Ottawa PC Users' Group, Inc.
by Chris Taylor
If you own a Nikon camera with built-in
or plug-in WiFi, you may be somewhat disappointed with
the level of WiFi support. Nikon has a somewhat anemic Wireless
Mobile Utility that allows limited remote control
for taking photos and transferring them from the camera
to Android or iOS devices.
But what if you have a laptop computer and want to
transfer your photos from the camera to the laptop? Or a
Windows tablet? Or a Linux computer? Nikons utility
wont help you.
There are a few ways to transfer files from the camera to
the computer. The best option is to pop the cameras
memory card into the card slot on your laptop.
But my Surface Pro 2 only has a micro-SD card slot and my
camera uses full-sized SD cards. The second option is to
plug an external card reader into the USB port on the
If you dont happen to have an external card reader,
a third choice is to plug the camera into the computer
using a USB cable.
There may be some circumstances where none of those
options work for you.
Airnef is a free, open-source utility for Windows, Linux
and Mac OS. It allows you to connect to your camera and
transfer photos and videos over a WiFi connection.
Before you proceed, make sure you look back at my
recommendations above for transferring photos. If any of
these can work for you, they provide simpler and much
Okay, you really, really need to transfer photos
from your camera over WiFi. Head over to http://www.testcams.com/airnef/
and download the appropriate version of Airnef.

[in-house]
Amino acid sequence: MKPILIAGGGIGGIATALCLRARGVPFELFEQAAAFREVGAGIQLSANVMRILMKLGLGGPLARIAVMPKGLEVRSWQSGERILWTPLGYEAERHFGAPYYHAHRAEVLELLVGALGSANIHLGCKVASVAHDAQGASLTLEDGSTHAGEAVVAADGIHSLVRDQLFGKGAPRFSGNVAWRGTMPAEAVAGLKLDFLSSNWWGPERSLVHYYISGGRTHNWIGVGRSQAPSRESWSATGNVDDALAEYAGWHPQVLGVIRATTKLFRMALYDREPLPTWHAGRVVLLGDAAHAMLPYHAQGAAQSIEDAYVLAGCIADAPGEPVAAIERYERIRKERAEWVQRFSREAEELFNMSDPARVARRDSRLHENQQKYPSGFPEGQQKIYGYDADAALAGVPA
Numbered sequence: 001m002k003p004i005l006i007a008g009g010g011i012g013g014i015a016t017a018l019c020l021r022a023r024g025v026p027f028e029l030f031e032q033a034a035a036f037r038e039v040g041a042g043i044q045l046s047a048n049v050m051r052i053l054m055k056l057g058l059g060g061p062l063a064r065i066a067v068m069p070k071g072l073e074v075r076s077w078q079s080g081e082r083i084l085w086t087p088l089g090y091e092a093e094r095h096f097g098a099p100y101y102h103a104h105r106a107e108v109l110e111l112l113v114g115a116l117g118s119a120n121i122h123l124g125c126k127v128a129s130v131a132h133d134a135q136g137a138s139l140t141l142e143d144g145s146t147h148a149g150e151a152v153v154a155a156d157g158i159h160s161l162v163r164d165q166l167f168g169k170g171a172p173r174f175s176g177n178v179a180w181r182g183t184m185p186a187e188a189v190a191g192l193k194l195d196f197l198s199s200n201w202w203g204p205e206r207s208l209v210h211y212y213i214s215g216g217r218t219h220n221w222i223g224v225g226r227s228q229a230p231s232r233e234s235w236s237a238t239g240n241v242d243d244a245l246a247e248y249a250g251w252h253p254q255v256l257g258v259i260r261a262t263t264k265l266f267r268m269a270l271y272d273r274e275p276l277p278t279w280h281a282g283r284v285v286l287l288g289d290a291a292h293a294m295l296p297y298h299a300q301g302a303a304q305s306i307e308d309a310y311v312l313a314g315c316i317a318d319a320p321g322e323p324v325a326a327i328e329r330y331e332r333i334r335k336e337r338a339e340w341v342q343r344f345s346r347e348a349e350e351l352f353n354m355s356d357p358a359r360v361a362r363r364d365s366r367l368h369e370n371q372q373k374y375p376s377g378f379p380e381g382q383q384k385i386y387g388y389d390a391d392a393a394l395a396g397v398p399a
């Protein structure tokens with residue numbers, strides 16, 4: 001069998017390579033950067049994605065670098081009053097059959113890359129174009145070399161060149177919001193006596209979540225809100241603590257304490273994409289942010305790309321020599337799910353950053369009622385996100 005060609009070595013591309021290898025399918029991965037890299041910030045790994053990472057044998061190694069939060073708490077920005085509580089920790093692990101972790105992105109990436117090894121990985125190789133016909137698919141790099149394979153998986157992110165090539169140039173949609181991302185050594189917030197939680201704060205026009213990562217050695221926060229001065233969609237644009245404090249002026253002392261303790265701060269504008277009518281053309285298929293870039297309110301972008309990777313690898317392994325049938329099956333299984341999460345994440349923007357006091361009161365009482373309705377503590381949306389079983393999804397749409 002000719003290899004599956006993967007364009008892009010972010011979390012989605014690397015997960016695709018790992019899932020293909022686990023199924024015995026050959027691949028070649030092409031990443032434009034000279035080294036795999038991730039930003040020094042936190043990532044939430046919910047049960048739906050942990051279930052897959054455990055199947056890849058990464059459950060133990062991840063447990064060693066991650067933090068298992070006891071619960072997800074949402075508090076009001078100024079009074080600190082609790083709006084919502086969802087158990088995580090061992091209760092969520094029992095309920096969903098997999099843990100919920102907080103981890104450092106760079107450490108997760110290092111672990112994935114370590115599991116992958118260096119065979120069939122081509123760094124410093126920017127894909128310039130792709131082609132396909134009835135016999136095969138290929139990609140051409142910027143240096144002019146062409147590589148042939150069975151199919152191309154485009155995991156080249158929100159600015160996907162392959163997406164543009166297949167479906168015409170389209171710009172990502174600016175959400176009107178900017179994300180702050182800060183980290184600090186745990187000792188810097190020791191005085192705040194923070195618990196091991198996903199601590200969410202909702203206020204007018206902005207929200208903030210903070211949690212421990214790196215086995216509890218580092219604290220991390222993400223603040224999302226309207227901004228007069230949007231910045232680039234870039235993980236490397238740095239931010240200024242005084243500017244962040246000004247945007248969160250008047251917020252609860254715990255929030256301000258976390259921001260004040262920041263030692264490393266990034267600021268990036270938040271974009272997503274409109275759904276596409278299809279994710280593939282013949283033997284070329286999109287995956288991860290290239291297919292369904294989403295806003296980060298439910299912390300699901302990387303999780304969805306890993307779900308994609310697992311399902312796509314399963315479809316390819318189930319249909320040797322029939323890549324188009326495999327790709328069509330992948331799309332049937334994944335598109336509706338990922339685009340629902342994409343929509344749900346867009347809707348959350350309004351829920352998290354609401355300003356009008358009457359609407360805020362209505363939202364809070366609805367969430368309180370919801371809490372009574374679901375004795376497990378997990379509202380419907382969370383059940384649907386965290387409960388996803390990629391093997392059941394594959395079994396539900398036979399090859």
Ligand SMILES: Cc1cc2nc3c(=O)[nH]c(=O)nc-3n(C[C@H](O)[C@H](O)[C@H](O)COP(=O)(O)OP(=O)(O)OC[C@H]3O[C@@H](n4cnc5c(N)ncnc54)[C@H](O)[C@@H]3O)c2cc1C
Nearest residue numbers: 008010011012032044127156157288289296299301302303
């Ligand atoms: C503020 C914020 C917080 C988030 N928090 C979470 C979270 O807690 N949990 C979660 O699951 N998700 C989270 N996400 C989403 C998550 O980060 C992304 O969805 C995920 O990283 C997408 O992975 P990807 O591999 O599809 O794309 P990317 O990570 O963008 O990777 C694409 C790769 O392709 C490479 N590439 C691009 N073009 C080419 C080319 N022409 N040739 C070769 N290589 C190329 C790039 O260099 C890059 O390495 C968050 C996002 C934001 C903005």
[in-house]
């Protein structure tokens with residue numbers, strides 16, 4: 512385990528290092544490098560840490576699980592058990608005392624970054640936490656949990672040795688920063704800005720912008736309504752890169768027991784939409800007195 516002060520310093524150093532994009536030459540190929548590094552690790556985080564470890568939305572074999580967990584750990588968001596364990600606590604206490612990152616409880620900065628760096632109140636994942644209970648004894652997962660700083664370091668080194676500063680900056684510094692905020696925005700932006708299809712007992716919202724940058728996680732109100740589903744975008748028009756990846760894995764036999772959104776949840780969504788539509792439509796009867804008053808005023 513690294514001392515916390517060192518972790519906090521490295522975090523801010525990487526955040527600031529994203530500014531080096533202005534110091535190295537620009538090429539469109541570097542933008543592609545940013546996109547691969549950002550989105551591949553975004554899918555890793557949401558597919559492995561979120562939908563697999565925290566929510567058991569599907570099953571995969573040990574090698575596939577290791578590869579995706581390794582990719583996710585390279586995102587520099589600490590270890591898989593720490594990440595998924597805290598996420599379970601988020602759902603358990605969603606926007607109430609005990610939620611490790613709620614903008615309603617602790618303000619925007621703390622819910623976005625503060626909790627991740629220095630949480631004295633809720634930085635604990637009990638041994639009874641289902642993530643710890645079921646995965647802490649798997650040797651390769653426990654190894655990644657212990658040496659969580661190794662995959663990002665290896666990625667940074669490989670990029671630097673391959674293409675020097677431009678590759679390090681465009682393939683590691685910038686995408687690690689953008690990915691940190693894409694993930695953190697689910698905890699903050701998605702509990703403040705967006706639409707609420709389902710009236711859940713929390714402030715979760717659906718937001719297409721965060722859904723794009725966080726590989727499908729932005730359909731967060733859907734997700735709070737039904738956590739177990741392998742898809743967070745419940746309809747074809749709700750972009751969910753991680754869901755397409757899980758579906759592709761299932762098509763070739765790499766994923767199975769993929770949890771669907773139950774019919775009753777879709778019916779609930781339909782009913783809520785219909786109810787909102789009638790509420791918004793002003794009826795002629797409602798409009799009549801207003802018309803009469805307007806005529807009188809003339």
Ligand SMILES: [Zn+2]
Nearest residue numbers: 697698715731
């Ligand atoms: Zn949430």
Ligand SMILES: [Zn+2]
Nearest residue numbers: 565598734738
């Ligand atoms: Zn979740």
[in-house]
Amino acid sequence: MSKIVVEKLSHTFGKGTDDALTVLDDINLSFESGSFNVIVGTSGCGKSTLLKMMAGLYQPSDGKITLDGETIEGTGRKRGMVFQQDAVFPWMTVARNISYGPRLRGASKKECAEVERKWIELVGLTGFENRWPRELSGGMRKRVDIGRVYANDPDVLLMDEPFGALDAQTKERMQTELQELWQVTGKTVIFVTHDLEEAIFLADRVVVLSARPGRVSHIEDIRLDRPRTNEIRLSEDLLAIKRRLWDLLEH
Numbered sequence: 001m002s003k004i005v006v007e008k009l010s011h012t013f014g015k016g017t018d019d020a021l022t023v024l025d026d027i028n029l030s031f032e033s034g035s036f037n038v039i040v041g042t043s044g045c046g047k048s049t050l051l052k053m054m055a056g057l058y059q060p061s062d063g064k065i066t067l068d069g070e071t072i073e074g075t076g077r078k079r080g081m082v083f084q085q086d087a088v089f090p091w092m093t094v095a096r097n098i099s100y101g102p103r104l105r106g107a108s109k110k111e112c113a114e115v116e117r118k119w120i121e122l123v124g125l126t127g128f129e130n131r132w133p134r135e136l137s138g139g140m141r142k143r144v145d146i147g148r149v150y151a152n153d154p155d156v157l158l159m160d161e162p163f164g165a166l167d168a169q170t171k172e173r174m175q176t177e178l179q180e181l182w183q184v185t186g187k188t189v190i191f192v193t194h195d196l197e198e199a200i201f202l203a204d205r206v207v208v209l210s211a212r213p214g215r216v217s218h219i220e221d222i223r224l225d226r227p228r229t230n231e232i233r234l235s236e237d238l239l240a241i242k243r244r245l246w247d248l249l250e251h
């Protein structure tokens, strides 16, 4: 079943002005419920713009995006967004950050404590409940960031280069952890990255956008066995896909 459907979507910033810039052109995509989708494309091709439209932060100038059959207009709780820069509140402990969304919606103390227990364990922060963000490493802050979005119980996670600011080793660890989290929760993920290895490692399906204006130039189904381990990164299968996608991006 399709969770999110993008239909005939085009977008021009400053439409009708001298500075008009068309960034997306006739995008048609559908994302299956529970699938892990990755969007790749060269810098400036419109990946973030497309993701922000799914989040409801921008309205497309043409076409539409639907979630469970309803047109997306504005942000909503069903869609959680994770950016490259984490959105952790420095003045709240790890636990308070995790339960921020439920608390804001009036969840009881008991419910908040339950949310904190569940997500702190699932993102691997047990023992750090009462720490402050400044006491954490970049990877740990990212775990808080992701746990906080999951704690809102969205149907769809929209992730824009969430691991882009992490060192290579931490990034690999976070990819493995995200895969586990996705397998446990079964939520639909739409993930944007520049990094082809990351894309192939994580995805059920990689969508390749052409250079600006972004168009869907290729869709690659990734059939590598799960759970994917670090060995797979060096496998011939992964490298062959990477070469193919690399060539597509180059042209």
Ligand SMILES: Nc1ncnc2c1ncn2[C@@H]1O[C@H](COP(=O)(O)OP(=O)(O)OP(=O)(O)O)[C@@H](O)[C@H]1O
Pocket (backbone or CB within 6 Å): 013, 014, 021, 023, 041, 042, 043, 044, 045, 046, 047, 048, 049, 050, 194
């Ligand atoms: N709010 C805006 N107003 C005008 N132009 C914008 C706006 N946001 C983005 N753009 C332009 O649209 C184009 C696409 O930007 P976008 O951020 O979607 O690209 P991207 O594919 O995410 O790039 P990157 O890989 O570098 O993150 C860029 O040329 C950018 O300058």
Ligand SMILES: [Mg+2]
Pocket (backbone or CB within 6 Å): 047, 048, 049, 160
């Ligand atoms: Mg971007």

When you start Airnef, you are given two transfer
options. If you choose the first, you select the images
to transfer directly on the camera. You then specify a
folder on your computer to store the copies and how you
want name conflicts handled. This method works really
well if you have just a few images or videos you want to
If you want more of a bulk transfer, the second Airnef
option is a better choice using the desktop
application to select which files to transfer. With this
method, you have many options;
Full images, small or large thumbnails;
Choose from 5 predefined file
types or specify a custom file extension;
Choose a subset by date taken,
including choices like today, yesterday, past
week or a date range;
Choose a card slot (for cameras
with multiple card slots)
Choose the directory to store the
Specify how File exists
conditions are handled;
Option to skip images you have
Preview what will be downloaded
with the chosen options.
Airnef has built-in fault tolerance. If
the connection drops unexpectedly, once you re-establish
the connection, it picks up where it left off, even if
thats in the middle of a file. This is a nice
feature, especially if a transfer of a 2GB video file is
interrupted at 1.9GB!
Earlier in the article I mentioned how just about any
other method for transferring photos and videos is
preferred. The reason is speed. It is not the fault of
Airnef file transfers over WiFi are sloooowww.
I transferred 158 files totalling 3.4 GB using Airnef. It
took over 24 minutes for an average transfer rate of 2.34
MB/sec. Using the card reader on my computer took just 6
minutes less than one quarter the time. And it
didnt chew through the battery on my camera for 24
A video on YouTube does a good job of highlighting how to
use Airnef https://www.youtube.com/watch?v=Lro2sSHqP68
Airnef also works with WiFi enabled Canon cameras.
Although Canons EOS utility can transfer photos to
a Windows computer, you may find the additional options
in Airnef useful.
Product name: Airnef v1.0
Free and open source for Windows, Linux, Mac OS
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full OPCUG website with frames.
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Ottawa Personal Computer Users' Group (OPCUG), Inc.
3 Thatcher Street, Ottawa, ON K2G 1S6
opinions expressed in these reviews do not necessarily
represent the views of the OPCUG or its members.
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